From bash manual

exec

exec [-cl] [-a name] [command [arguments]]

If command is supplied, it replaces the shell without creating a new process. If the -l option is supplied, the shell places a dash at the beginning of the zeroth argument passed to command. This is what the login program does. The -c option causes command to be executed with an empty environment.

Without -c option, what is the execution environment where command [arguments] runs?

  • Is it the same as the execution environment in the original shell process before running exec command [arguments]?

  • The execution environment in the original shell process contains not only environment variables but also all the shell variables including non-environment ones. Does the execution environment where command in exec command runs also include the non-environment variables in the original shell process?

Can you give some examples to show that?

  • 1
    You're conflating two things: execution environment and environment variables. The -c option to Bash exec clears all environment variables -- try e.g. bash -c 'exec env' and bash -c 'exec -c env'. As to the execution environment, it is the same at the point of invocation of the command. – Nominal Animal Dec 10 '16 at 15:28
  • @NominalAnimal, you should make that an answer. – glenn jackman Dec 10 '16 at 15:29
  • @glennjackman: Done, but since I seem to be physically unable to avoid being verbose (I'm not kidding, and I don't mean that as a joke!), it grew into a wall of text. If you care, you (or somebody else) could write a more concise summary, since I believe very few will bother to read my long-winded answer. – Nominal Animal Dec 10 '16 at 15:53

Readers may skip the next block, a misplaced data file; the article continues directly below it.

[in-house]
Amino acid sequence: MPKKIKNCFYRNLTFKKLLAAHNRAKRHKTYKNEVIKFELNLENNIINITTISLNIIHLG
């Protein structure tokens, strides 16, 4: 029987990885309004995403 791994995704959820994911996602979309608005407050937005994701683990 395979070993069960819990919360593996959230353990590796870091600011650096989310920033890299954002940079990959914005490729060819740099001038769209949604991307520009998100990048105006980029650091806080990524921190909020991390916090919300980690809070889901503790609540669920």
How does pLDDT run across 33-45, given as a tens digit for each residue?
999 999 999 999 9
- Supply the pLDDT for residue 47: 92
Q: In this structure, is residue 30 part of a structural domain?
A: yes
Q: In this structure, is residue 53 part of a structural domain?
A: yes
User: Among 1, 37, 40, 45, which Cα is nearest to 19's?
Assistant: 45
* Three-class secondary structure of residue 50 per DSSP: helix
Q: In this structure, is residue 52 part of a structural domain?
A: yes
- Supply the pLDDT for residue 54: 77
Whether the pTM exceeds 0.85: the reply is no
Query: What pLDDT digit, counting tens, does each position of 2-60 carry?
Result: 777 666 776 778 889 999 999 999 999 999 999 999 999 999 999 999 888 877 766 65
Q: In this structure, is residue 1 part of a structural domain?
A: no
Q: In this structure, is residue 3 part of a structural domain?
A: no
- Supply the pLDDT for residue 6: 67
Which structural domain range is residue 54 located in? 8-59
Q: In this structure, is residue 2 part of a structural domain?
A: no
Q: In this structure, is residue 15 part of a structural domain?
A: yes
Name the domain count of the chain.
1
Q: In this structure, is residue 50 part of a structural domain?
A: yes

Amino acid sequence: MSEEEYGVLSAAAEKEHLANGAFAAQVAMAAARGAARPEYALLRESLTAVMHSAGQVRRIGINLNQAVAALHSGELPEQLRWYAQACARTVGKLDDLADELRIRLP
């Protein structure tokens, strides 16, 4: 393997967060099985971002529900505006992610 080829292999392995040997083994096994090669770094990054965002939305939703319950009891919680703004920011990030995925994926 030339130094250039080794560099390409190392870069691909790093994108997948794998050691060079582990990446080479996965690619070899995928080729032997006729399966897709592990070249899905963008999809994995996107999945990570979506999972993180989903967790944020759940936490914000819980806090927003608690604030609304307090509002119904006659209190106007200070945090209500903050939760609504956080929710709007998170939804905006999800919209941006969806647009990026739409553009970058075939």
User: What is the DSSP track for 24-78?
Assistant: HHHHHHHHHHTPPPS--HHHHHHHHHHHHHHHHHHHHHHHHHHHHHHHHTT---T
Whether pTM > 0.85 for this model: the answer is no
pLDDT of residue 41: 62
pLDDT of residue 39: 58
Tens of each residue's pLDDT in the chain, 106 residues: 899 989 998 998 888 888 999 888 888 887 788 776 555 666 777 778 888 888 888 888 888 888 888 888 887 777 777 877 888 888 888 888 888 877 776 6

• The execution environment does not contain any non-environment variables, by definition. Therefore, preserving the execution environment could not preserve any non-environment variable. – sorontar Dec 10 '16 at 20:19
  • @sorontar The execution environment does contain any non-environment variables. "The shell has an execution environment, which consists of the following: ... shell parameters that are set by variable assignment or with set or inherited from the shell’s parent in the environment" gnu.org/software/bash/manual/html_node/… – Tim Dec 10 '16 at 20:28
up vote 2 down vote accepted

You are conflating two different things: execution environment and environment variables.

Environment variables are strings of form name=value, and are used as a form of configuration for the commands and processes. For example, PATH is a colon-separated list of directories where executable commands are looked for, when only the file name of the command is supplied; LANG and various variables starting with LC_ control the locale, and so on.

Execution environment includes all the shell features that affect how commands might be run. It includes environment variables, of course, but also things like the working directory, file creation mask (umask), shell functions and aliases defined, and so on.

At the point of execution -- the moment when the shell starts executing the command --, the execution environment is almost exactly the same in all cases, with or without exec. With exec, the shell EXIT trap is triggered (because the shell is essentially exiting, when replaced by another process). With exec -c, the environment variables are cleared.